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18 lead ekg placement

A 32-year-old member asked:
Dr. Jason Rubenstein
Cardiology 20 years experience
Yes: Yes, absolutely. Avr usually has inverted t-waves normally. If you invert left and right arm electrodes, avr becomes avl so now avl has inverted t w... Read More

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A 41-year-old member asked:
Dr. Elden Rand
Cardiology 21 years experience
Standard: Most typical 5 leads are: right arm, left arm, right leg, left leg, v1 lead. For convenience, they are usually put on the torso. Put the arm leads b... Read More
Dr. Payam Mehranpour
Cardiology 23 years experience
Usual: White to the right arm, black to the left arm, red to the left leg, green to the right leg, usually the v lead is brown which goes to the precordial p... Read More
A 18-year-old male asked:
Dr. Sandeep Chandra
Cardiology 29 years experience
It can: It can affect certain type of information on the ekg - may not affect assessment of rhythm, hr and st segments.
Dr. Calvin Weisberger
Cardiology 51 years experience
Ecg : The ECG records the vector direction of the signals in the heart. As such the placement of the leads is crucial to the interpretation of the ECG patte... Read More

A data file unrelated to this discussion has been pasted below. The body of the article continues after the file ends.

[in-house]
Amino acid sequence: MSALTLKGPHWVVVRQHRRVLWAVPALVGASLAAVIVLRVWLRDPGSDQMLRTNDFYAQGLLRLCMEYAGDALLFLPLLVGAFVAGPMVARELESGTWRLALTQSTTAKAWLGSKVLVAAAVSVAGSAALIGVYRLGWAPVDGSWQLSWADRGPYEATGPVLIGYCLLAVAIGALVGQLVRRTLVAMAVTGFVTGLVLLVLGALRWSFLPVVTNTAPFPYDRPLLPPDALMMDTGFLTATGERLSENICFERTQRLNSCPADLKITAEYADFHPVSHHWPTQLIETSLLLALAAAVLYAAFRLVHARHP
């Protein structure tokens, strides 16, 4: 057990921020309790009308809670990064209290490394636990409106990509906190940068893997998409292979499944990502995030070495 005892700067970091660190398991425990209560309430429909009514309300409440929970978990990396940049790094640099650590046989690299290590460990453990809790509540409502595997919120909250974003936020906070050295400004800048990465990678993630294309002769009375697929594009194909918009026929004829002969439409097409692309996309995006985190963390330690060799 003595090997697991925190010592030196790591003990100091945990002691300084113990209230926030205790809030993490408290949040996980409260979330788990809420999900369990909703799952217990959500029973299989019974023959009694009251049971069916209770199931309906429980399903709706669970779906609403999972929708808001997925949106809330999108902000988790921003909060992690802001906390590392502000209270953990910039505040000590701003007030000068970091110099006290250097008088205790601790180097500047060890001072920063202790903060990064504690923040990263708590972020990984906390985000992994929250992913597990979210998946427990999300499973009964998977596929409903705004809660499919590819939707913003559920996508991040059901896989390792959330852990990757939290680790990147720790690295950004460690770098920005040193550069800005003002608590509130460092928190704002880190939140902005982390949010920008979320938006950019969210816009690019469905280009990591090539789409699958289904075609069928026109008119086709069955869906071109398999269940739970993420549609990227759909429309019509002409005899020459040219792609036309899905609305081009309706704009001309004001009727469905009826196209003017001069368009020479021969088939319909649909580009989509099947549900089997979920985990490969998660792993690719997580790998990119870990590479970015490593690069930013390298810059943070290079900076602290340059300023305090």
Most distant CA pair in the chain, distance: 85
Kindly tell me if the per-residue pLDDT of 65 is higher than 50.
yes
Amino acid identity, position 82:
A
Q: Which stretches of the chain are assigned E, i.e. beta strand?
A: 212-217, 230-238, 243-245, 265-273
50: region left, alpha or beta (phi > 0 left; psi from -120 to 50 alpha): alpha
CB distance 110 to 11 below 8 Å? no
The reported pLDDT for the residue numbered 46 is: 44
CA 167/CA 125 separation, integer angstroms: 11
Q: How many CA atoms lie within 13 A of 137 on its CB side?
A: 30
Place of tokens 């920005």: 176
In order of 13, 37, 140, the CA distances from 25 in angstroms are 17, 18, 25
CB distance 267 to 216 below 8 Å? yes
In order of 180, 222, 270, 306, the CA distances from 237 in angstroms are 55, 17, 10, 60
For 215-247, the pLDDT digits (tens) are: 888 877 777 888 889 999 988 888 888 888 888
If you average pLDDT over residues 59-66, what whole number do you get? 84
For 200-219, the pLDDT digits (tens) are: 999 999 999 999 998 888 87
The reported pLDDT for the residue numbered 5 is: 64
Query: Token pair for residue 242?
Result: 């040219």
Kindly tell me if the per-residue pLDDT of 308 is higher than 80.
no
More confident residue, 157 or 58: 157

A 75-year-old female asked:
Dr. Kenneth Gibbs
Specializes in Cardiology
No definitive pathol: Most likely represents LVH which is thickened heart muscle. Had to say without seeing EKG. If concerned repeat EKG or get echocardiogram.
A 18-year-old female asked:
Dr. Ira Friedlander
Cardiac Electrophysiology 42 years experience
There can be a lot: of normal variability to the p-wave morphology in V1. More so in women. In general a biphasic or mostly upright p wave is usual. Certainly you could h... Read More
A 17-year-old male asked:
Dr. David Miller
Dr. David Milleranswered
Family Medicine 10 years experience
Depends: In some cases, a 3 or 5-lead ekg provides sufficient information. However, for a full picture of what the heart is doing, a 12-lead is the best. It t... Read More
A 17-year-old male asked:
Dr. Tony Ho
Dr. Tony Hoanswered
Infectious Disease 14 years experience
Depends: That is with life threatening hyperkalemia. If your case is mild, or chronic, it may not manifest yet with ekg abnormalities.
A 17-year-old male asked:
Dr. Charles Rocamboli
Family Medicine 18 years experience
Your 18: Your 18, so your probably fine unless there is reason to think there is something wrong. Do you have chest pain? Kidney problems? Why did you get an e... Read More
A member asked:
Dr. Mary Engrav
Dr. Mary Engravanswered
Emergency Medicine 31 years experience
A : A "nonspecific" abnormality means that the wave doesn't look like the typical, standard ekg. The st-t wave is the wave that occurs right after the qr... Read More
A female asked:
Dr. Calvin Weisberger
Cardiology 51 years experience
ECG: the ECG like most tests has false positives. Discuss with your doc, if indicated additional workup is possible

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